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Ragnarock (1973)

The first Norwegian music film shows the connection between folk music rhythms and rock rhythms through a concert Sunday June 17th 1973 at the Holmenkollen ski jump.

Director:

Arne Philip Fraas
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Cast

Credited cast:
Andreas Diesen ... Himself - Host
Rest of cast listed alphabetically:
Åge Aleksandersen Åge Aleksandersen ... Himself
Nick Graham Nick Graham ... Himself - member of Skin Alley
Merit Hemmingson Merit Hemmingson ... Herself
Bob James Bob James ... Himself - member of Skin Alley
Krzysztof Henryk Juskiewicz Krzysztof Henryk Juskiewicz ... Himself - member of Skin Alley
Tony Knight Tony Knight ... Himself - member of Skin Alley
Aunt Mary Aunt Mary ... Themselves
Sigbjørn Bernhoft Osa Sigbjørn Bernhoft Osa ... Himself
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Storyline

Dette er den første norske filmen musikkfilmen. Ideen bak Ragnarock er blant annet å vise sammenhengen mellom folkemusikkrytmer og rockerytmer. Derfor er det mest Scandinaviske grupper som er med. Konserten foregikk søndag 17 juni 1973 ved Holmenkollbakken. Written by Anonymous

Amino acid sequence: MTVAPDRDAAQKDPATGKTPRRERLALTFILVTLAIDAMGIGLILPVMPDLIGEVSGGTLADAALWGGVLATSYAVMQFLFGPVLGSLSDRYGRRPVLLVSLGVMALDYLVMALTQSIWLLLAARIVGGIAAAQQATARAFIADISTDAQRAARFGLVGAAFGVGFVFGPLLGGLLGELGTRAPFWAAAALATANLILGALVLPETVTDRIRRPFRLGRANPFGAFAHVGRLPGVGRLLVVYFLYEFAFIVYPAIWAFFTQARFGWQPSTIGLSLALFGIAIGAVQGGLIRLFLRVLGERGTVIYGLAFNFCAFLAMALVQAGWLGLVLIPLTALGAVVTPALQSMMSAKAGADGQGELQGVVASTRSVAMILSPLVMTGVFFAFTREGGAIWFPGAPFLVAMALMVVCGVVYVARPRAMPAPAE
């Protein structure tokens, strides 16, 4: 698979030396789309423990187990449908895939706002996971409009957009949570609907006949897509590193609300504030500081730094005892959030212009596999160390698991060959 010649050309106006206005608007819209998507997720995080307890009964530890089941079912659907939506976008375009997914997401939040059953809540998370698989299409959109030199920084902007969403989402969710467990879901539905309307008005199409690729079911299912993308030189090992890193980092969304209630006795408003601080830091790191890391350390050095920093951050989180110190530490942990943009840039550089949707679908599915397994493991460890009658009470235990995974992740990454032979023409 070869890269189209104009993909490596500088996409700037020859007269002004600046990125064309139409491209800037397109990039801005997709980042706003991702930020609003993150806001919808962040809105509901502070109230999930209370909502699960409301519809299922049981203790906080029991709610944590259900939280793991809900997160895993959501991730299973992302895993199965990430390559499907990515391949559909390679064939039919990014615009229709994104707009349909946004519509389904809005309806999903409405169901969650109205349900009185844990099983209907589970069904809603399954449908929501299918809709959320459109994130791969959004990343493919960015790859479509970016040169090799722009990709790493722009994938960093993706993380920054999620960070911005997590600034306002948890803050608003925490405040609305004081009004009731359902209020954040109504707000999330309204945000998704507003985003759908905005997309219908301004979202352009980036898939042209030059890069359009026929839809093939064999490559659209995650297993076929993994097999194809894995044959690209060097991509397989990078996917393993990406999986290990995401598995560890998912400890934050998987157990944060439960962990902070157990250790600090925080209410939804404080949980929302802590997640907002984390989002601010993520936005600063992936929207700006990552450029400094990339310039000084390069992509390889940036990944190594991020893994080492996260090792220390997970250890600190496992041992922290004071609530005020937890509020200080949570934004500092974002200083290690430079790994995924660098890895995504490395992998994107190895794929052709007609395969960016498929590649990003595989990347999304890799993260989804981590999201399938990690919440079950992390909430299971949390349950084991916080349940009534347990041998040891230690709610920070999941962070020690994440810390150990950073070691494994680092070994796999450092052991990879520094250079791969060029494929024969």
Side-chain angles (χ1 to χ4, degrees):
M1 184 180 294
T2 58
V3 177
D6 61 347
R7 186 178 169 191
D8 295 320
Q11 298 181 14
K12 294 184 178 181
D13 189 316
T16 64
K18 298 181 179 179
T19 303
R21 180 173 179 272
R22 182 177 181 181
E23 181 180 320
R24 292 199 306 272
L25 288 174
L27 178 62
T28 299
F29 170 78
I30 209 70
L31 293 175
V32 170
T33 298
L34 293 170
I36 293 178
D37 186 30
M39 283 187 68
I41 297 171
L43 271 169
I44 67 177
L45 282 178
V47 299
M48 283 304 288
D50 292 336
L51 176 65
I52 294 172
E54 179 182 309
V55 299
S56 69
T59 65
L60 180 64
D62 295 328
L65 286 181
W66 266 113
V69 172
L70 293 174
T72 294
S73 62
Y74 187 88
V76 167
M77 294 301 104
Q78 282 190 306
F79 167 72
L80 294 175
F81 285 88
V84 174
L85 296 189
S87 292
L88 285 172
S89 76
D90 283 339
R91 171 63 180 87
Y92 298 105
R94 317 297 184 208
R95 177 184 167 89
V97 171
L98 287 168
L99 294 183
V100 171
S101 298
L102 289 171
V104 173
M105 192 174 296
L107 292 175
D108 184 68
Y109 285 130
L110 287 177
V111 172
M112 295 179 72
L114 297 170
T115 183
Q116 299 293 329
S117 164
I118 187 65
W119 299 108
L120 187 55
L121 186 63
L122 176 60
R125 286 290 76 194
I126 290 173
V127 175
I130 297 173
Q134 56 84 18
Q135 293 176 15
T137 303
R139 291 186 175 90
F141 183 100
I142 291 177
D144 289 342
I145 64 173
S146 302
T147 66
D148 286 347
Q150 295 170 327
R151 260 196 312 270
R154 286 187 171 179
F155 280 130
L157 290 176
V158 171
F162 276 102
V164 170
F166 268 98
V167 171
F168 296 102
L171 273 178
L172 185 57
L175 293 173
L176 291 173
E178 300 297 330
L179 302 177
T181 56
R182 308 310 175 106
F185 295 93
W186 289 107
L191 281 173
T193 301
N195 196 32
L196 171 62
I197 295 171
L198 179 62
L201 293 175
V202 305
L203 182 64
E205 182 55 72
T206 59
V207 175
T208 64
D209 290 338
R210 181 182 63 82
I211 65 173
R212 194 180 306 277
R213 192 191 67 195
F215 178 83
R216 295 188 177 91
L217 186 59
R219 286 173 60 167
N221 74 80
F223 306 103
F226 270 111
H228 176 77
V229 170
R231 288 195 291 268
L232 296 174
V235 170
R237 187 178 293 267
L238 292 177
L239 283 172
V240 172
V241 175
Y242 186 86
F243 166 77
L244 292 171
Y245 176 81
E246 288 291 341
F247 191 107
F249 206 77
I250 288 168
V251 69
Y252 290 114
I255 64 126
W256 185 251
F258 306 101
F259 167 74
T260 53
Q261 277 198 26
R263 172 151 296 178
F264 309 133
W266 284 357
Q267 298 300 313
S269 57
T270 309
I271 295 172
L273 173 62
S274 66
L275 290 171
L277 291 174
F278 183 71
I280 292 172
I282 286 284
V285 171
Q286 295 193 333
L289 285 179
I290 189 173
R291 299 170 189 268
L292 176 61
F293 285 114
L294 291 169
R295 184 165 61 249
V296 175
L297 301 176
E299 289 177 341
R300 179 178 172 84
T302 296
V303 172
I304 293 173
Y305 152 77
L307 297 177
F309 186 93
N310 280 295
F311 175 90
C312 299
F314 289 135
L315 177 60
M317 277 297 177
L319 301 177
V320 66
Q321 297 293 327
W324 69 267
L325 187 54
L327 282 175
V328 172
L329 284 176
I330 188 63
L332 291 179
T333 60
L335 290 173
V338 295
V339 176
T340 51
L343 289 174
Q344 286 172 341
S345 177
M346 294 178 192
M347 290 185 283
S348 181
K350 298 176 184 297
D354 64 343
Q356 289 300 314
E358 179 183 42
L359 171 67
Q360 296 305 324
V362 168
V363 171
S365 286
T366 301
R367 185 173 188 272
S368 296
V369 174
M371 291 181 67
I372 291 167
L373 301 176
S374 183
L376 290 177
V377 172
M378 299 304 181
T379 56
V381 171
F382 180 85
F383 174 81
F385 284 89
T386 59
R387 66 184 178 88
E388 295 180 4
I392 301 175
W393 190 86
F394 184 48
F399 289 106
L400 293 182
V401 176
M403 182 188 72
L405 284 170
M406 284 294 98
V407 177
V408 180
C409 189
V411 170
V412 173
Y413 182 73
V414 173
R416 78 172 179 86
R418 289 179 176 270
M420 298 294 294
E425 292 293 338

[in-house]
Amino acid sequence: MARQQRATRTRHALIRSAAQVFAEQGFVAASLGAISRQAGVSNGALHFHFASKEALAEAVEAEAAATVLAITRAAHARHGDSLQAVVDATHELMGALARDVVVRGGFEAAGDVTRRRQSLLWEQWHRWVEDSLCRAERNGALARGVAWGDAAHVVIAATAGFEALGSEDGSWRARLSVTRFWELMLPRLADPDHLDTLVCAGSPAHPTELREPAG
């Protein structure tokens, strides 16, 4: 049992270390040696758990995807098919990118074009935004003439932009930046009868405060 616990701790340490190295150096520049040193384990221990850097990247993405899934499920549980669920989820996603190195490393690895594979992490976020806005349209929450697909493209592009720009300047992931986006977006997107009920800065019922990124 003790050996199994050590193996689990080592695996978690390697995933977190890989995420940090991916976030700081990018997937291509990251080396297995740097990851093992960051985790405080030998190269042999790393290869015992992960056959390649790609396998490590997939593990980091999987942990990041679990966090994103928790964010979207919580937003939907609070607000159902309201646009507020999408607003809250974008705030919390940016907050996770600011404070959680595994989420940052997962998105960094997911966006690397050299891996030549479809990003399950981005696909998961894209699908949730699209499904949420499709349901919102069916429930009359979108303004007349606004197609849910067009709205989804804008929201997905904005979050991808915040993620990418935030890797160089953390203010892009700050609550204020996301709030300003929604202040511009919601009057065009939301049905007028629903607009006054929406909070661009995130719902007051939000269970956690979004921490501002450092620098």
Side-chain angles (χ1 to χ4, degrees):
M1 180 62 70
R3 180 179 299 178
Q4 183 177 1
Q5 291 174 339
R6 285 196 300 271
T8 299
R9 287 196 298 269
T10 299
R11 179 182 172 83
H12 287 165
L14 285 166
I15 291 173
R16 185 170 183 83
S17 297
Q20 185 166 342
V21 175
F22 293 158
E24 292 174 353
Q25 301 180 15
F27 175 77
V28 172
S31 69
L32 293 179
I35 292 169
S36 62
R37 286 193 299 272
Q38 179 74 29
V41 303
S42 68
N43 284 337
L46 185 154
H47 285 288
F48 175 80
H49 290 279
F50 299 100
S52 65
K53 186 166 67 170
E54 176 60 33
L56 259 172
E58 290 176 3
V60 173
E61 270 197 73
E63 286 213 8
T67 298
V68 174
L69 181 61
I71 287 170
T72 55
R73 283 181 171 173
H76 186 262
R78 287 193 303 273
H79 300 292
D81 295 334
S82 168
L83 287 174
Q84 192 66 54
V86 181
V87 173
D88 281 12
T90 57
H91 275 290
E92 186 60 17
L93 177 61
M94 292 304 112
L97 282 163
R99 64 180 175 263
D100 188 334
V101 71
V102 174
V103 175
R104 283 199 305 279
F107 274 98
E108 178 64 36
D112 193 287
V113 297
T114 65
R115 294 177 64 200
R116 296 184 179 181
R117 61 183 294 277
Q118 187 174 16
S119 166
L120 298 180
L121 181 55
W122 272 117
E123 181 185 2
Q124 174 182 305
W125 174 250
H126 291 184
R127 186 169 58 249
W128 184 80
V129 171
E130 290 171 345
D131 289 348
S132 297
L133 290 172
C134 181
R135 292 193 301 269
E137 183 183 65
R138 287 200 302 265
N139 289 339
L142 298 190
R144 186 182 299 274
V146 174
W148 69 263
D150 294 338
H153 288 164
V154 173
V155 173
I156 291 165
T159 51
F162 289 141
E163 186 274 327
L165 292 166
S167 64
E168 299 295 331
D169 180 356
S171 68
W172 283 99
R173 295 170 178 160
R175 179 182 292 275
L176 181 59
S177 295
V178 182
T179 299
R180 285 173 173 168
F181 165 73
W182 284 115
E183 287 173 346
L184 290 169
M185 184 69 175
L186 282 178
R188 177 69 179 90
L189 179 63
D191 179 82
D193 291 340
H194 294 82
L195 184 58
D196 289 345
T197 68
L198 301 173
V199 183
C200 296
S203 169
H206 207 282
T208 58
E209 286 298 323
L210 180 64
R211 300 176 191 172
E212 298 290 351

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Plot Keywords:

rock music | festival | See All (2) »

Genres:

Documentary | Music

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Details

Country:

Norway

Language:

Norwegian

Release Date:

1 November 1973 (Norway) See more »

Also Known As:

Ragna Rock See more »

Filming Locations:

Holmenkollbakken, Oslo, Norway

Company Credits

Production Co:

Centralfilm See more »
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Technical Specs

Runtime:

Color:

Color
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User Reviews

 
A celebration of rock & folk music
6 June 2001 | by tor.saetherSee all my reviews

In the spirit of Woodstock and other large scale music festivals of the period, Norwegian audiences finally got their own festival in June 1973. This was Ragnarock - actually named after Ragnarokk, the Norse version of the Armageddon - sporting a plethora of Norwegian, Scandinavian and also a few international artists.

The movie is a 102 minute representation of this ambitious event, and it does indeed bear several similarities to the Woodstock movie. Although not quite as successful (both artistically and of course commercially, much due to the fact that the average standard of the featured artist may not be as high), this movie is still quite an entertaining piece of Norwegian cultural history.

Worth seeing and hearing. Keep your eyes open for some great looking people, both on and off stage.


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